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When I returned from covering the Iranian elections recently, I was surprised to find my email box filled with progressive authors, academics and bloggers bending themselves into knots about the current crisis in Iran. They cite the long history of U.S. interference in Iran and conclude that the current unrest there must be sponsored or manipulated by the Empire. ››read more
Obama can help this budding seed of hope for civil liberties even more emphatically by altogether cutting the budget "to promote democracy in Iran," evidently channeled through the U.S. Agency for International Development. Ken Dilanian of USA Today reports, "the Obama administration is moving forward with plans to fund groups that support Iranian dissidents."
This financial aid is not only a waste of taxpayer money under these severe economic circumstances, but is in fact the surest way to kill that inborn and grassroots movement. ››read more
Iranians have taken to the streets as the divisions in the ruling class have sharpened into open conflict, writes Peyman Jafari. ››read more
The morning after Iran’s June 12 presidential election, Iranians booted up their computers to find Fars News, the online mouthpiece of the Islamic Republic’s security apparatus, heralding the dawn of a “third revolution.” Many an ordinary Iranian, and many a Western pundit, had already adopted such dramatic language to describe the burgeoning street demonstrations against the declaration by the Ministry of Interior that Mahmoud Ahmadinejad, the sitting president, had received 64 percent of the vote to 34 percent for his main challenger, Mir Hossein Mousavi. ››read more
Facing an unprecedented popular uprising against his autocratic rule and his apparently fraudulent reelection, Iran’s right-wing president Mahmoud Ahmadinejad has attempted to blame the United States. A surprising number of bloggers on the Left have rushed to the defense of the right-wing fundamentalist leader. Citing presidential directives under the Bush administration, they argue that the uprising isn’t as much about a stolen election, the oppression of women, censorship, severe restrictions on political liberties, growing economic inequality, and other grievances, as it is about the result of U.S. interference. ››read more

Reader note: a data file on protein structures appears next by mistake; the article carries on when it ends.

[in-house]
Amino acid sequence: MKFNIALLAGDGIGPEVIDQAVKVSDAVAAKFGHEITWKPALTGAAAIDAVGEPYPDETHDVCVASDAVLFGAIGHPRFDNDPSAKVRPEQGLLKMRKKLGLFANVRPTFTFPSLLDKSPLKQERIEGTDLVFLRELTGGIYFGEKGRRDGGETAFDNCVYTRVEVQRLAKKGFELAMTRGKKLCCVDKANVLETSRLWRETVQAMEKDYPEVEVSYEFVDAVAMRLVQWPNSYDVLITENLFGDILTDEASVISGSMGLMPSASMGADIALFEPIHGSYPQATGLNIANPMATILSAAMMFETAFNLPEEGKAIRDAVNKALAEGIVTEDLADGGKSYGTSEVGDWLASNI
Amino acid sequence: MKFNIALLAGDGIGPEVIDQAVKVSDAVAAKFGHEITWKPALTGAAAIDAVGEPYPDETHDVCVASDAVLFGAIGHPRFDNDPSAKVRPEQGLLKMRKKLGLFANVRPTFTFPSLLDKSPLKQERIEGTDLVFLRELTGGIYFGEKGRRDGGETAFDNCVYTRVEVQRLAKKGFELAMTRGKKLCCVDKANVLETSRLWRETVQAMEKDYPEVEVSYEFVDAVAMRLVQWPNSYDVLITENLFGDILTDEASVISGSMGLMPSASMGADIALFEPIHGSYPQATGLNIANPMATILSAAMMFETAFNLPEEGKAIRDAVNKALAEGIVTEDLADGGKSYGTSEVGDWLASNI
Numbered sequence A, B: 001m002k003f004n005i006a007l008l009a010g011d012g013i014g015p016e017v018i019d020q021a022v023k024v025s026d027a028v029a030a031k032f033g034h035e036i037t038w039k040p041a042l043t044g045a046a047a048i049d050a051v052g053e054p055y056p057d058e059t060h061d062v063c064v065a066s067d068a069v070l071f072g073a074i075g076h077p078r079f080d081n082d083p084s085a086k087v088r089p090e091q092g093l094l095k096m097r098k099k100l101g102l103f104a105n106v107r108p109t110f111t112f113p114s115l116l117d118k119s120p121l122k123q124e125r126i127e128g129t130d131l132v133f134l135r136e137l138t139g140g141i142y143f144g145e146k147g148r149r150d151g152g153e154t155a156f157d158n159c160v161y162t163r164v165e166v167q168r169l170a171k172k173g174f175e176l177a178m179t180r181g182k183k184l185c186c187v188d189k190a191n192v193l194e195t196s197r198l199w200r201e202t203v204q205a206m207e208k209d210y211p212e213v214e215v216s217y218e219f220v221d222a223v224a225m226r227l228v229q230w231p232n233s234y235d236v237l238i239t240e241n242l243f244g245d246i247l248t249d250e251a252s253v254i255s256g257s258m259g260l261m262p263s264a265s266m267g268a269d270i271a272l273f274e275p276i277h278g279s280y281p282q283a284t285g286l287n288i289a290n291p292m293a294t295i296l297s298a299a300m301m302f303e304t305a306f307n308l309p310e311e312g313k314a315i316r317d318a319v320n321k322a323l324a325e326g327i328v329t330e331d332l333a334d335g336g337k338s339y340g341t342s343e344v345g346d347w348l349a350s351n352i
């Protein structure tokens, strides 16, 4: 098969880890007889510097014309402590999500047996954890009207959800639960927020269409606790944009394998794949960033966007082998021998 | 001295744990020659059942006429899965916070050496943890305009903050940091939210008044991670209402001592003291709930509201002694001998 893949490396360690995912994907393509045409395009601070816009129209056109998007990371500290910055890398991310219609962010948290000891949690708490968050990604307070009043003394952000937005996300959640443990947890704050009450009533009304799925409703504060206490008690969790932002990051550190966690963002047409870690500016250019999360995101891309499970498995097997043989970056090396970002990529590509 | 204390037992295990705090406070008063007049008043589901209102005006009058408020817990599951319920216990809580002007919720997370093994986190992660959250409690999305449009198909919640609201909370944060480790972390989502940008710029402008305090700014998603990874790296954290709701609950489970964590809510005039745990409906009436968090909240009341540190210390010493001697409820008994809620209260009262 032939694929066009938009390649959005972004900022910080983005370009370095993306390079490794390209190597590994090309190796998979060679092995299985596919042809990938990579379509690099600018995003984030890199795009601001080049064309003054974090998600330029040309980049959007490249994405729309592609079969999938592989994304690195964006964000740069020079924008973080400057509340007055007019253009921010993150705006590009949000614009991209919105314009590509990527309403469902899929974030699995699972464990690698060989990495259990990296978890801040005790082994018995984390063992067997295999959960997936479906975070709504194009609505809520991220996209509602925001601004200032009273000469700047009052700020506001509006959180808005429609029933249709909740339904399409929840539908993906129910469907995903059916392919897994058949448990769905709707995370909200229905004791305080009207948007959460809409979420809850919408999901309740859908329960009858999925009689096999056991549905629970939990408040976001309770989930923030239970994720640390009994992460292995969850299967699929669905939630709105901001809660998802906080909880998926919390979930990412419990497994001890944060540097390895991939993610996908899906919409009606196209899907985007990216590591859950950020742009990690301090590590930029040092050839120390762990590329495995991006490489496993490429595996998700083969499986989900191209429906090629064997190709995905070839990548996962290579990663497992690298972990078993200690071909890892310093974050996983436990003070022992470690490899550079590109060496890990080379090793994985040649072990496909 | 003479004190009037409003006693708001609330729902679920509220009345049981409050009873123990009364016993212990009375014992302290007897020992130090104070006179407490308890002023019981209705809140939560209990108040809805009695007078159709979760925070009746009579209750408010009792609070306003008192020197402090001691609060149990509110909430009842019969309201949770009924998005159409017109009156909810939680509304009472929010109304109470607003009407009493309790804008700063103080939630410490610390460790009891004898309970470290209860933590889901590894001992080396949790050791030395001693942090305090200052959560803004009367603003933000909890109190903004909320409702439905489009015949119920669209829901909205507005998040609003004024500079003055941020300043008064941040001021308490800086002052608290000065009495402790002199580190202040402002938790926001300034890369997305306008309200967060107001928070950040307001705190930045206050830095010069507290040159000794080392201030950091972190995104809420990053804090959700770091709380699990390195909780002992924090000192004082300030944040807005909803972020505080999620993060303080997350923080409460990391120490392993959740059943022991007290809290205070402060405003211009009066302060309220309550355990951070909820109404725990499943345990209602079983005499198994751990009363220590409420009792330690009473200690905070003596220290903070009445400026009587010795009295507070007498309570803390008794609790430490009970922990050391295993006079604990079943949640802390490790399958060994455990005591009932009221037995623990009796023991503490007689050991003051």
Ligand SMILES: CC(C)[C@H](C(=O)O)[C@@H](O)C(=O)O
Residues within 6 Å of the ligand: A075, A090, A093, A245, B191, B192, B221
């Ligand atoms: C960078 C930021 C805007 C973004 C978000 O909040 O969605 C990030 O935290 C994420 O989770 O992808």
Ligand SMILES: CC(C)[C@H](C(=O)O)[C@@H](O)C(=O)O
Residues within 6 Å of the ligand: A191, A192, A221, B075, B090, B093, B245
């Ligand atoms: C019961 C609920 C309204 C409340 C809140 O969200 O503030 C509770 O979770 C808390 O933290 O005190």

Hundreds of thousands of Iranian citizens pour into the streets in order to protest against their government! What a wonderful sight! Gideon Levy wrote in Ha’aretz that he envies the Iranians. ››read more
The core issue isn't whether Iran's government is benign or repressive or if its June 12 election was fair or fraudulent. It's that (justifiable criticism aside) no country has a right to meddle in the internal affairs of another unless it commits aggression in violation of international law and the UN Security Council authorizes a response. Washington would never tolerate outside interference nor should it and neither should Iran. ››read more
Like many Iranians, including many Iranians who didn't vote for Ahmadinejad and don't support Ahmadinejad, but whose voices have been largely absent from Western media, even progressive media, Habib is deeply skeptical of opposition claims that the Presidential election on June 12 was "stolen," and has demanded that the opposition provide specific evidence of its claims. ››read more
The National Iranian American Council remains deeply concerned about the deteriorating human rights situation in Iran since the country’s disputed elections on June 12. Disturbing accounts of continued violence and widespread intimidation and harassment of Iranian citizens by the Basij militia and other elements of Iran’s security forces continue to be received from inside the country. ››read more